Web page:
Review: XCOM: The Board Game

Last week, Sigur introduced Virago and me to XCOM: The Board Game. In contrast to my mates, I’ve never played the computer game, but when I was a kid, I avidly watched the British TV series UFO, which seems to be the inspiration for the world of XCOM.

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XCOM is a cooperative game where the players take to role of the staff of an international organisation defending the earth from aliens. To start with, I have to say that the artwork is not my style. I was a bit surprised by the dark and serious tone, as I expected more of the cheerful camp of the TV series. But then again, contrary to what I might wish this is not an adaptation of the TV series. I like the look of the models though, and Sigur’s paint job transformed them into stunning playing pieces.

The innovative and (for me) new thing about the game is that it is app-driven. That means that an app is taking the role of ‘game master’, pacing the game, declaring events and helping to resolve them. I was first pretty sceptical about such as set-up, as I enjoy the tactile element of tabletop games and wasn’t sure if I wanted digital devices to intrude into this.

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When you start a game, you first have to choose a scenario and a difficulty level. Each turn is divided into two parts: a real-time phase were things happen (declared by the app) and an evaluation phase where you see if everything you did actually works out. This is a similar mechanic to Space Alert; however, this is also where the similarities between the two games end.

In XCOM, there are several roles for the player to take: there is an Operations Chief, who distributes the funds needed for every action, there is a Captain, who choses missions and sends out soldiers, there is a Chief Scientist who organises research and finally the Commander is responsible for space and air defence.

The interesting thing about this game is that the roles are not only very distinct, they also force you to really concentrate on your job. Conversely, you have to rely on your fellow team members to do their job, as you usually don’t have the time and the information to help them in their decisions. This leads to a kind of tunnel vision, which probably models pretty well how large organisations function. With a good team (and our team was good!) this is also a mode of cooperation that seems to agree with me much more than that of Space Alert, where each action has an immediate influence on each other’s actions and you have to coordinate basically everything all the time. However, the drawback is that player interaction is rather limited, and player interaction is what usually makes cooperative games fun as well as challenging.

Nevertheless, thanks to its strong theme and the interesting mechanics, XCOM is a fun game. With the real-time element and the clearly defined roles it is also unlike other cooperative games I know. I’m sometimes still flabbergasted by the variety of good coop games out there!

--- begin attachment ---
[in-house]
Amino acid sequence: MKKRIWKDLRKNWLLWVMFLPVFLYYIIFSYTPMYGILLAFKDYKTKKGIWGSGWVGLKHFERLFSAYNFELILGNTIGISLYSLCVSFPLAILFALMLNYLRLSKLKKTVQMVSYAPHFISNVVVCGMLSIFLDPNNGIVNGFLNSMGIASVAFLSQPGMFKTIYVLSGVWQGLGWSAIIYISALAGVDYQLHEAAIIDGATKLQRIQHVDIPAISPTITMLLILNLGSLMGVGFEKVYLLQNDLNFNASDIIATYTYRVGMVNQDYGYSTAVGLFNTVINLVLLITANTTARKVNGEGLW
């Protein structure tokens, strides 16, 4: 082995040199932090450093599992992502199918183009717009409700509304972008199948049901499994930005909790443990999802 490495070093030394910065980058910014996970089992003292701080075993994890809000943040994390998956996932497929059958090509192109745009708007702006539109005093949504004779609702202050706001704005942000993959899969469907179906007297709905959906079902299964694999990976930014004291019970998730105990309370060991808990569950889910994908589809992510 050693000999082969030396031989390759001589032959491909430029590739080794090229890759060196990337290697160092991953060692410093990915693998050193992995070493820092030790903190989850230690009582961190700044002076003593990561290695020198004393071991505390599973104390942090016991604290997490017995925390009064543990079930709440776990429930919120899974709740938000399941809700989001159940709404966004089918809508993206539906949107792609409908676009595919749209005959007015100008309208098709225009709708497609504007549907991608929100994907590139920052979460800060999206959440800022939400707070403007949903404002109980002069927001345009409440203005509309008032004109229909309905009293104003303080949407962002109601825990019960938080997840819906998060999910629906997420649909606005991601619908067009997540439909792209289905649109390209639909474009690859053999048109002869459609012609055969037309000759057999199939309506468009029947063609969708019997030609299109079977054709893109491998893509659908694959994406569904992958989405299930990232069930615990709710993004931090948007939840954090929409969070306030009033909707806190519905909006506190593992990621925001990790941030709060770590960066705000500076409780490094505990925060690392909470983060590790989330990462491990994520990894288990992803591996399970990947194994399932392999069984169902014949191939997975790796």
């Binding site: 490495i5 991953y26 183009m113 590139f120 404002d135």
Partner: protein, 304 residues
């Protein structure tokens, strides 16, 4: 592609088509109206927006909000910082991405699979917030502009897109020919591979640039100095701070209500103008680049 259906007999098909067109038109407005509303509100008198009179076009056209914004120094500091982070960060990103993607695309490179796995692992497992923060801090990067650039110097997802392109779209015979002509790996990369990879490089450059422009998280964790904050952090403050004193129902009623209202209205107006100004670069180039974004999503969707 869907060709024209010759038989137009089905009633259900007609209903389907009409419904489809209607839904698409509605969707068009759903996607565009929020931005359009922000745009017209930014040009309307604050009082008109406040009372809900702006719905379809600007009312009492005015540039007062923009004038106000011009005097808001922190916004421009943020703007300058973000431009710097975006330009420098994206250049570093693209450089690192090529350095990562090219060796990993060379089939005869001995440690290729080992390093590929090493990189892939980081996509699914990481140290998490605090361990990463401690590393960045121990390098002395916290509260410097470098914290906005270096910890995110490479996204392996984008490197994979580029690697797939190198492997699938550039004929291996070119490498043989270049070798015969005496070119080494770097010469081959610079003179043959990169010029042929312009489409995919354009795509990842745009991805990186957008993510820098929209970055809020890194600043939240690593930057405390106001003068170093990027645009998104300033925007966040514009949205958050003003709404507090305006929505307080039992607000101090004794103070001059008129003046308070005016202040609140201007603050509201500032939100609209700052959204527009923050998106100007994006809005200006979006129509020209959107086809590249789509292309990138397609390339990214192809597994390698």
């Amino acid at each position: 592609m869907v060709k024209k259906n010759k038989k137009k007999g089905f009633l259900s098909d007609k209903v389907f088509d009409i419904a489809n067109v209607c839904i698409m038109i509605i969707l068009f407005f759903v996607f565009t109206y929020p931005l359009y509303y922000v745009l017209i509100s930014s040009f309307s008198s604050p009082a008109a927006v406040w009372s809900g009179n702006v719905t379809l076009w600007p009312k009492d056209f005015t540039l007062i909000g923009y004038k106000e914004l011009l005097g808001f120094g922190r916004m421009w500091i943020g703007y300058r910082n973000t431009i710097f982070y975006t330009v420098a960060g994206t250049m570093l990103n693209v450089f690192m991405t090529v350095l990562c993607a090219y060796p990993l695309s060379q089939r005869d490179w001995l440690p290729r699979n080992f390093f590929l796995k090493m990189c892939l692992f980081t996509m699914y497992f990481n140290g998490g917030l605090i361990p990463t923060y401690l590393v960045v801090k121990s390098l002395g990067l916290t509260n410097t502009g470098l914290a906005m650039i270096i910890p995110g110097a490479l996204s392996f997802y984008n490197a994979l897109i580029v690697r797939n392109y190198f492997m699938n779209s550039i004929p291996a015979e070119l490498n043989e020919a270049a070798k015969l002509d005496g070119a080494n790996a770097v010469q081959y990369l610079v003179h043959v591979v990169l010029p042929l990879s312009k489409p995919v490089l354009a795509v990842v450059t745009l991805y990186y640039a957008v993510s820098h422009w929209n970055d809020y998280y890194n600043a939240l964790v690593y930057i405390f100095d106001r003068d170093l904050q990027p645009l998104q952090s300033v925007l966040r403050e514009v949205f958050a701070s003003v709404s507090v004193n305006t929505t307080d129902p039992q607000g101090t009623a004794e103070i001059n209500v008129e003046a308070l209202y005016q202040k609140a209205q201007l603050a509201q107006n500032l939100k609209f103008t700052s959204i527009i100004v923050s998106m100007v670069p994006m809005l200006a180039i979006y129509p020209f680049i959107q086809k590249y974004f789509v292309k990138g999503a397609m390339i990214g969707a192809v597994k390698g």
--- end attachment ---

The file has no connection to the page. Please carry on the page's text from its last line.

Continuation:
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In the end, the only thing I’m still not completely comfortable with is the app: While it works well in the game and is not intrusive, there still remains the fact that, in a couple of years, the game will no longer be playable. I still don’t like this idea. But I guess this is a topic that would deserve its own blog post…

Make it so!

Lately, I’ve been feeling a bit under the weather, so there was not much gaming (or even painting) going on. However, a couple of days ago, we had some friends over and decided to try a game I’ve had lying around for a while: Space Alert.

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It’s a cooperative game with two unique features: First, it comes with an audio-CD, which provides the instructions for the different scenarios. Second, the main part of the game runs in real-time. Basically, you play the crew of a starship and have to make sure the ship survives before heading into hyperspace. The computer voice, which is provided by the CD, gives you information on threats you have to counter. You can either shoot at them or transfer energy to the shields. However, energy is a limited resource and somebody better be in engineering to make sure that enough is available where it is needed.

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During the second part of the game, all the things you have decided in the real-time environment (and ‘programmed in’ with cards) are resolved and you can see how you have done and whether the starship has survived.

The game is great fun and demands real team work. This is not as easy when a countdown is running and information is coming in all the time. During the first game, which was a training mission, everybody was running around the ship and doing his or her thing, resulting in comical scenes were people were moving past each other without coordination. 

As the game is short – the real-time part of the training missions takes 7 minutes, after which you will need about 15 minutes for the resolution phase – we tried the training mission again. We managed to survive in the end, but considering that this scenario did not use the full rules yet and there are several more different kinds of threats to come, advanced missions are not going to be a walk in the park!

I really like the game. Real-time planning definitely adds to cooperative gaming and the experience is very thematic – it’s a game that really gives that Star Trek experience.